While not really anywhere near Waterloo, I spent this Memorial Weekend in Woodstock, NY visiting family and getting ready for the Woodstock Memorial Day 15K which was presented by the Onteora Road Runners.
The field of runners for the 15K was relatively small when compared to a NYRR race but was fairly well organized with a clearly marked course, police at most intersections, several water stations and best of all, a decent race tee shirt.
Hoping for a 1:05:00 PR I set out on a strong pace of 6:30/mile at the start. Knowing that the race was “very challenging” (read: lots of big and steep hills) I wanted to build a little cushion early in the race and on the flat sections. For the first mile or so I was able to keep the pace vehicle in sight, which is an accomplishment in and of itself.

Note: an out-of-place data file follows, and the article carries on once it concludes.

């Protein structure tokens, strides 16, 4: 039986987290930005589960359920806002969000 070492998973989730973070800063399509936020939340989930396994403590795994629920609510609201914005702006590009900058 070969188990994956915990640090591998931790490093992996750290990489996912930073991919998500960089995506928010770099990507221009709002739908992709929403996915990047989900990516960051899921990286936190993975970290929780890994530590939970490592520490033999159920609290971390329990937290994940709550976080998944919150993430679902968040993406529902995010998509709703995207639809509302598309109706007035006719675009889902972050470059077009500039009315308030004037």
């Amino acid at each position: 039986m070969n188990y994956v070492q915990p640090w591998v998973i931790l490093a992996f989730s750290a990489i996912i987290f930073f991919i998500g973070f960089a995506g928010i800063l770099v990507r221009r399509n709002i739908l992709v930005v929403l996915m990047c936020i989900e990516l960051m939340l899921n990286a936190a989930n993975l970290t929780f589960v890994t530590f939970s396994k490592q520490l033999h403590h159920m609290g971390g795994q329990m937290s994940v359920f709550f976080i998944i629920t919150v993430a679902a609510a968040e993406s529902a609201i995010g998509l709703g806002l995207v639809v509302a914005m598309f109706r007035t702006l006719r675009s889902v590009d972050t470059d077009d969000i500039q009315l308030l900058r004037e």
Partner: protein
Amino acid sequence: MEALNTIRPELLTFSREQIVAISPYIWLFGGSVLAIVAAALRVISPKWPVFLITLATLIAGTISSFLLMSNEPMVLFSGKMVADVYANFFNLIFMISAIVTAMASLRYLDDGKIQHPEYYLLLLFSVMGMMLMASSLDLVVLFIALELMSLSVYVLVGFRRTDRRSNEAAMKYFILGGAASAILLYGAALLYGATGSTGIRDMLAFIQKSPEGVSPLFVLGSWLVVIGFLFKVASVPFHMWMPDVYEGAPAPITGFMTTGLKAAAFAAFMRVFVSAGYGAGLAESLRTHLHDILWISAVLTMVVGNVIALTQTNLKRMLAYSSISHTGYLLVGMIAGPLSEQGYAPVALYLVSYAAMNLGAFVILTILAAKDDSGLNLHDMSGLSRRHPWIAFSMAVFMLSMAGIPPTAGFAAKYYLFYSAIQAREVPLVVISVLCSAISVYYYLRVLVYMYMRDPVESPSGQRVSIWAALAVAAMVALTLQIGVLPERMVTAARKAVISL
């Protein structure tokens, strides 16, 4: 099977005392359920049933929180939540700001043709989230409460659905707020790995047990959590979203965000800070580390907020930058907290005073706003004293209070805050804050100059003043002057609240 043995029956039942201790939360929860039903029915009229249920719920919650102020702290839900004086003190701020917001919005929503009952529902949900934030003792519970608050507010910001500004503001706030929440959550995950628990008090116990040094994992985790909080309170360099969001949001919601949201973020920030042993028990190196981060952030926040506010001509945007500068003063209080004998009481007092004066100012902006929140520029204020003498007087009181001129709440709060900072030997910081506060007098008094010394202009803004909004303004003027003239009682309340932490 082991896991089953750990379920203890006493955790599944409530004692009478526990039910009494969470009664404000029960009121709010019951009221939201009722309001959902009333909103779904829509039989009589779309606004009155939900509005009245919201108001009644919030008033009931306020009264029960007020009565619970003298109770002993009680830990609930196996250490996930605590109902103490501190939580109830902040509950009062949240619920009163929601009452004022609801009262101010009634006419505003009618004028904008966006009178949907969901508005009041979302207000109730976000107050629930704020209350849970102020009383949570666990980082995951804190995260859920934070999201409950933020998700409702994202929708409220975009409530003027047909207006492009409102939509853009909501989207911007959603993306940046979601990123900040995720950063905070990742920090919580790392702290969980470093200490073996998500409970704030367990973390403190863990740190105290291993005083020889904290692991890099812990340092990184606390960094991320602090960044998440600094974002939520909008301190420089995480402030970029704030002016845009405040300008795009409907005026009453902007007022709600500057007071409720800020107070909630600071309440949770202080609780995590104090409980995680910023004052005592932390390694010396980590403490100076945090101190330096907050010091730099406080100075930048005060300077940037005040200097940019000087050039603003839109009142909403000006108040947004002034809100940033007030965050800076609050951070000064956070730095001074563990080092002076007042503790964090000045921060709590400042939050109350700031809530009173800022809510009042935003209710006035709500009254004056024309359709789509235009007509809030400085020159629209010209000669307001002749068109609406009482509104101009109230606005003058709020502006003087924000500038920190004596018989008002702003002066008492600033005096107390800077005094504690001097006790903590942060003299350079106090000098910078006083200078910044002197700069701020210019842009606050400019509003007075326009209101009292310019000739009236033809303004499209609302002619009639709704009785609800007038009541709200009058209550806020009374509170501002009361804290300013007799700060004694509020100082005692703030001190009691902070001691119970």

As it turns out, the “flat sections” consist of the first half mile of the race and the last half mile of the race. Augh.
As the pace vehicle and lead pack slipped away I changed gears and focused on running my race. I knew early on that a PR wasn’t in the cards but tried to keep as near to a 7:00/mile pace as possible.
The roads twist, turn, zig and zag through some very scenic neighborhoods but all the while the hills came. What I lost on the way up the hills I tried to gain on the way down but by mile 6 I was starting to hurt as you can see from these splits:
Mile 1 - 6:50
Mile 2 - 7:05
Mile 3 - 7:03
Mile 4 - 7:02
Mile 5 - 7:04
Mile 6 - 7:22
Mile 7 - 7:34
Mile 8 - 7:33
Mile 9 - 7:10
Last Bit - 1:58
While shy of a PR I still feel as though I ran a strong race over a difficult course and was able to have a little left over for the finish with a time of 1:06:41 (watch time - official time not yet available).
Most importantly the Woodstock Memorial 15K gave me time to reflect on the veterans who have sacrificed so much for this country – particularly my grandfather (a World War II Marine who was lucky enough to survive the war and live a long life). His courage and the ultimate sacrifice that so many of our war heros have made over the centuries makes running up rolling hills along back back roads of